Millions of Americans every year struggle with substance abuse and addiction. Only a small percentage of that number actually gets the care they need to overcome this addiction. This small number is a result of a lack of treatment options, the chaos addiction causes and a glaring lack of knowledge regarding addiction. This lack of knowledge has contributed to the great disparity of what addiction is and what people perceive it to be. It is astonishing how many people see addiction in contrast to the actual issue. To better treat addiction society must play catch up and better understand this problem. A great majority of Americans get their information on this problem from the news and other visual representations. Popular television shows such as ‘Intervention’ paint addiction and the all that it entails into a certain dark and delinquent light. In truth, it is much more complex. Those suffering from addiction can attest the damage and despair it causes.
The longer an addiction is allowed to persist, the worse it gets. Seems pretty simple. In most cases of substance abuse, the issue is not “allowed” to carry on, but rather slips by for several months or years. It can also continue to develop as the friends, co-workers, and families attempt to help the addict. Interventions are great ways to confront an addiction because confrontation is the best way to address this problem. Unfortunately, confrontation is not ideal for some. Not to worry because there are several different types of interventions to choose from. Knowing the different styles of intervention can help them choose the one that is right for them and their family.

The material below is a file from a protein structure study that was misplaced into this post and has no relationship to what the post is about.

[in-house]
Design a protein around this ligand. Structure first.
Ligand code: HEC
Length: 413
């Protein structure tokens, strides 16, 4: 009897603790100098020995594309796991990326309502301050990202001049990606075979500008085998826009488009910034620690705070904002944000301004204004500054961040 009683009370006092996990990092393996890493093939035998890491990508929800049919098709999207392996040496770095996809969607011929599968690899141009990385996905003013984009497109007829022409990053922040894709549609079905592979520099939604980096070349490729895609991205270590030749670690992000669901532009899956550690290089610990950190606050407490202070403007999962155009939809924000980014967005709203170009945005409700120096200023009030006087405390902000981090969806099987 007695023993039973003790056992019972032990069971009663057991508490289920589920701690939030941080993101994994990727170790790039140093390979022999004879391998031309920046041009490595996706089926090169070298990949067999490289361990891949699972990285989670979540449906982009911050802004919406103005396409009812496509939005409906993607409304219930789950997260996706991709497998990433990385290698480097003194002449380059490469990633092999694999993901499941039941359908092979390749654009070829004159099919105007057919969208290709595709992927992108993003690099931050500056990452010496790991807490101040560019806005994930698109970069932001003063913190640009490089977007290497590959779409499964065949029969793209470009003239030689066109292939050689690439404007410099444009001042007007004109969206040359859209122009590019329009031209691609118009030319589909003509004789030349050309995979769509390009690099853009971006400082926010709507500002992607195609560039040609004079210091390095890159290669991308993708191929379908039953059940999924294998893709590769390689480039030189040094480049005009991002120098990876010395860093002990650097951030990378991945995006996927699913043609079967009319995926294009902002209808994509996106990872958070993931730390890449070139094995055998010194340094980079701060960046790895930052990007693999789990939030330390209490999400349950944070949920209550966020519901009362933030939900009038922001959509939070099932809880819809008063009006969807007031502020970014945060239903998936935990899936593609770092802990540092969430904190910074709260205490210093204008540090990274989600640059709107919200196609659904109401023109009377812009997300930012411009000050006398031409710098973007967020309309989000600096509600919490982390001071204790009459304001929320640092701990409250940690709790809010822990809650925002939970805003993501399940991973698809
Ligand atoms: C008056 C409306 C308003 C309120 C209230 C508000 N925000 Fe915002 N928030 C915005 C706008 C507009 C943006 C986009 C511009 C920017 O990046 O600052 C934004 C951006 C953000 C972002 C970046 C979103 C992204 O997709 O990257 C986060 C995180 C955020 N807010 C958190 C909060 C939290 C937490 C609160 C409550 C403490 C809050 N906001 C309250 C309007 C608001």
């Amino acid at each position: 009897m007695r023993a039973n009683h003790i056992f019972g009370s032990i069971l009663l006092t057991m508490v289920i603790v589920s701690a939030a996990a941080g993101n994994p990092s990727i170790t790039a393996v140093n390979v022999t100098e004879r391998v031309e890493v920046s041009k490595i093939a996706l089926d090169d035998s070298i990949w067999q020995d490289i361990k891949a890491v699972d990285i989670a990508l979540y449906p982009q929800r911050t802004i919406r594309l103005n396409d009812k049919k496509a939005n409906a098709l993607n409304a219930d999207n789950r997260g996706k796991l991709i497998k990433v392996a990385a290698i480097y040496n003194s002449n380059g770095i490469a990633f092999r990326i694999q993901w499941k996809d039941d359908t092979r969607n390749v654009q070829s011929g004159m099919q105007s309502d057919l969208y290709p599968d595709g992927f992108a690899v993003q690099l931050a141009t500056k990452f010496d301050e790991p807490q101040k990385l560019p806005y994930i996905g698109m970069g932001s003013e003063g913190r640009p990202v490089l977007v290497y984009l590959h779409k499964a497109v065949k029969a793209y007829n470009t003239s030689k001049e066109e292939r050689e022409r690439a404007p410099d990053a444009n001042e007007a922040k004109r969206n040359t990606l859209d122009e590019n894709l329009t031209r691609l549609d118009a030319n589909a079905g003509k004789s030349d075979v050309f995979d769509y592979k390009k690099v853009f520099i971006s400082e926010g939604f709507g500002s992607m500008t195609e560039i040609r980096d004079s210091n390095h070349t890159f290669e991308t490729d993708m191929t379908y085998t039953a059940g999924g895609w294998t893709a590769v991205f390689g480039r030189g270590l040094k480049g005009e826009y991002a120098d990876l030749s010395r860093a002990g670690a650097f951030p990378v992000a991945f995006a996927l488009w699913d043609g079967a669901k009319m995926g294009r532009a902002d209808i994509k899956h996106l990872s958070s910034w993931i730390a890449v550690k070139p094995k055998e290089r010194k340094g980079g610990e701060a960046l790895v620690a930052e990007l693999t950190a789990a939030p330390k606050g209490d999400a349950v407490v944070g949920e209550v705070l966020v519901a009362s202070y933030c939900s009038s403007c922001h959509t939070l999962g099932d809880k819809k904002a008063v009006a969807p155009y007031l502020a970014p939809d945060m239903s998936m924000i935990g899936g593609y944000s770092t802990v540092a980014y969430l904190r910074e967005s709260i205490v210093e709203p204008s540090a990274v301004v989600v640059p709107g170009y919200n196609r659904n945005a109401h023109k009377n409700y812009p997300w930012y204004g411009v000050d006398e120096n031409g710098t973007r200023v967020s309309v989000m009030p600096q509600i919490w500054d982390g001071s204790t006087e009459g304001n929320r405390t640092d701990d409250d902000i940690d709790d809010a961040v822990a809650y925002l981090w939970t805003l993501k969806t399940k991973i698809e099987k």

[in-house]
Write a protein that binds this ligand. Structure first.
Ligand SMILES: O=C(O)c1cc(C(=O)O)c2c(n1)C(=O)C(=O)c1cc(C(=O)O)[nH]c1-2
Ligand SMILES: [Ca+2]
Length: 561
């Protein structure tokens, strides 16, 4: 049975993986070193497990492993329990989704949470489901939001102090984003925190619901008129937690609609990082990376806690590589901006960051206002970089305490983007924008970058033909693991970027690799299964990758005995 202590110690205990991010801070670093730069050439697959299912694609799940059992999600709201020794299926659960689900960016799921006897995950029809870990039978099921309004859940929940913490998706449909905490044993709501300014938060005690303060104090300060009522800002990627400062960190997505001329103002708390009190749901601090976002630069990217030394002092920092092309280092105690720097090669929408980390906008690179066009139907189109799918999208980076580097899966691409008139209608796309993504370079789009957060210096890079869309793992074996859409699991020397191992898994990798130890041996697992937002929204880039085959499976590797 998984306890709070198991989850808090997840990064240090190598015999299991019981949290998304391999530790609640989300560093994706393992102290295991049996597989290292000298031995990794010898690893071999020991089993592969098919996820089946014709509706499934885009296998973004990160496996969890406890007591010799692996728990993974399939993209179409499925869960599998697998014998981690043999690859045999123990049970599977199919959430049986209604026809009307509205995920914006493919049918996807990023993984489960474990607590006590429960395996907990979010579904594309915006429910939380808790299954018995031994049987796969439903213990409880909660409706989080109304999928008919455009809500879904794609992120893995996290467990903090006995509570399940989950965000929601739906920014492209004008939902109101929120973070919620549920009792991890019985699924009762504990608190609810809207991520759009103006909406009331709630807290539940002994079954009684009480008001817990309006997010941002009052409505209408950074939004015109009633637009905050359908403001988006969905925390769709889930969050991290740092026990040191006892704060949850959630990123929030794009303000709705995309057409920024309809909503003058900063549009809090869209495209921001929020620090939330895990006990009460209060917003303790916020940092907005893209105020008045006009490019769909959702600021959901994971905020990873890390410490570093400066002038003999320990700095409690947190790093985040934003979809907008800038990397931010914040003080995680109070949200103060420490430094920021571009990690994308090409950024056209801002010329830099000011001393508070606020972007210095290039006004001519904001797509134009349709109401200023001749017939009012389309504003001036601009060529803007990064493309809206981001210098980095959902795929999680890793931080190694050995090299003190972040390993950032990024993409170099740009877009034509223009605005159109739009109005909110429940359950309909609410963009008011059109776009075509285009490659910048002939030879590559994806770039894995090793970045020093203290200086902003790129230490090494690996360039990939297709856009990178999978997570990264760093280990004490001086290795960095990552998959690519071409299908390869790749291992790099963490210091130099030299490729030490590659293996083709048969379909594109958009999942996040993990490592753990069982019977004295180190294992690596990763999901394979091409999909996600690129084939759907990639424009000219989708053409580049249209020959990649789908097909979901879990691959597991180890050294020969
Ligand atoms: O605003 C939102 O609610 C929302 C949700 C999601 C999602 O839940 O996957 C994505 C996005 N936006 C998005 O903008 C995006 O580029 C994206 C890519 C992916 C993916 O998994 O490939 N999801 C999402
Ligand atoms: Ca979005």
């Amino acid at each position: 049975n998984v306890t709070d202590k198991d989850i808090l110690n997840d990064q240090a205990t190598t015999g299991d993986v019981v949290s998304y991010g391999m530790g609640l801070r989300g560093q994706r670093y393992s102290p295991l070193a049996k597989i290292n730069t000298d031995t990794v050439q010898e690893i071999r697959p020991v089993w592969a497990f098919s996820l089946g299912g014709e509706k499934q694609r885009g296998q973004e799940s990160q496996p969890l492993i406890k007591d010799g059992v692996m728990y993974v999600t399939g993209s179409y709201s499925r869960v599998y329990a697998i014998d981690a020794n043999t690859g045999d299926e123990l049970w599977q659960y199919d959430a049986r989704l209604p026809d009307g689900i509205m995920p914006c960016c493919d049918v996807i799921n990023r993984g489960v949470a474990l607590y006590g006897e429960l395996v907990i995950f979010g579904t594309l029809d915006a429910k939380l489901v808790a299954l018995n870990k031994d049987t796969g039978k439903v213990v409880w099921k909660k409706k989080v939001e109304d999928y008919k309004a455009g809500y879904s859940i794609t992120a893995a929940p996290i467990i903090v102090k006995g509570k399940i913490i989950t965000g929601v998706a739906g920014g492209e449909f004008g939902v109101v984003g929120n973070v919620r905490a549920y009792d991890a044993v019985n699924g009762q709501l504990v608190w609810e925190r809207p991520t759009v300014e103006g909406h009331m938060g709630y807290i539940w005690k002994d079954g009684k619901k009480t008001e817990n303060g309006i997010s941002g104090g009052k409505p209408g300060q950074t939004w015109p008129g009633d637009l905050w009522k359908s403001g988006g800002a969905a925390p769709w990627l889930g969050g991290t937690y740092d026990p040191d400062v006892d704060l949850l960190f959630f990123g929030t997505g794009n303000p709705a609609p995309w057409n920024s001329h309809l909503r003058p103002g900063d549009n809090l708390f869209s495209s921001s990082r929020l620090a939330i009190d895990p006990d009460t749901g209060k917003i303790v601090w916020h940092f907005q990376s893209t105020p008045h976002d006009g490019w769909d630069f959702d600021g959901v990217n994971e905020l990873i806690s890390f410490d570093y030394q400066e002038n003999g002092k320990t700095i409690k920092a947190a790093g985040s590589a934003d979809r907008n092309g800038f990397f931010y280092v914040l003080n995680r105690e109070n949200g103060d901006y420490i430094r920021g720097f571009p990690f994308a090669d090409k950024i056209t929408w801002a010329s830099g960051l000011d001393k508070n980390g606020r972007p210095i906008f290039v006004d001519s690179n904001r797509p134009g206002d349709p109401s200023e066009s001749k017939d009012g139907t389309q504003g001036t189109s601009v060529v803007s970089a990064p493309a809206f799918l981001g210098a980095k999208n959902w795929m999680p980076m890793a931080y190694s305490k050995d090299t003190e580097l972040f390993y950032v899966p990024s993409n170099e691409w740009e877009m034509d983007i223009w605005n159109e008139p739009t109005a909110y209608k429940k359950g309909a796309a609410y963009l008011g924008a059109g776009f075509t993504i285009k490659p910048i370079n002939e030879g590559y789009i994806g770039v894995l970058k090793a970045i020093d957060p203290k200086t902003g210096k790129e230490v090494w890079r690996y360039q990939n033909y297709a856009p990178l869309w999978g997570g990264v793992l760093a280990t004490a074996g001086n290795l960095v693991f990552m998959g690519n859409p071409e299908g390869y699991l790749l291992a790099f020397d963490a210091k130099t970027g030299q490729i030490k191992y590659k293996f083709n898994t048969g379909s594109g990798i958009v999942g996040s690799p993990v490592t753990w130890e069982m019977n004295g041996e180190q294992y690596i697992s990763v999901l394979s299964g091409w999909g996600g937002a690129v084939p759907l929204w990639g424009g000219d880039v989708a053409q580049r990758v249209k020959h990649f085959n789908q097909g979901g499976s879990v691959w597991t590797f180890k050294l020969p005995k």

Styles of Interventions
The Arise intervention is a flexible approach to an intervention. It focuses on the entire family as a whole by figuring out how the entire family, not just the addict, can help and play a role in getting help. One study found that 83% of recovering addicts were willing to enter treatment after being confronted by this model. Arise interventions are planned ahead of time, but they are not surprises. This model can be used multiple times and is also used to deliver information to the entire family.
Systemic Interventions are ideal if violence or any other harm is possible. During an addiction and recovery the most important thing to maintain is the safety of all the people around the addict, addict included. Systemic interventions show how to encourage the addict to get help. Only behaviors and interactions that encourage positive abstinence are emphasized. With thorough counseling that emphasizes addict/counselor trust building, systemic interventions can get the addictive behavior to change.
Love First Intervention
The love first intervention model is popular because it focuses on love, caring, and compassion towards the addict. Family and friends gather in a neutral setting to delivery heartfelt addresses to the addict. Loved ones begin by acknowledging the excuses the addict has or could use to forgo treatment. They will also offer options for the addict to enhance the possibility of the accepting treatment. The addict should understand the problems that will persist to become worse if they continue their substance abuse. Children are especially affected by addiction; therefore they should be part of the discussion. The whole process must remain calm. If anyone becomes overly emotional or hostile they must remove themselves or be removed. Finally, each participant of the intervention should provide a written letter to be read and given to the addict. This should describe their love for the addict, despair in watching them destroy their lives and fear of losing them completely.
For those who dislike confrontation, there are several non-confrontational methods of intervention at their disposal.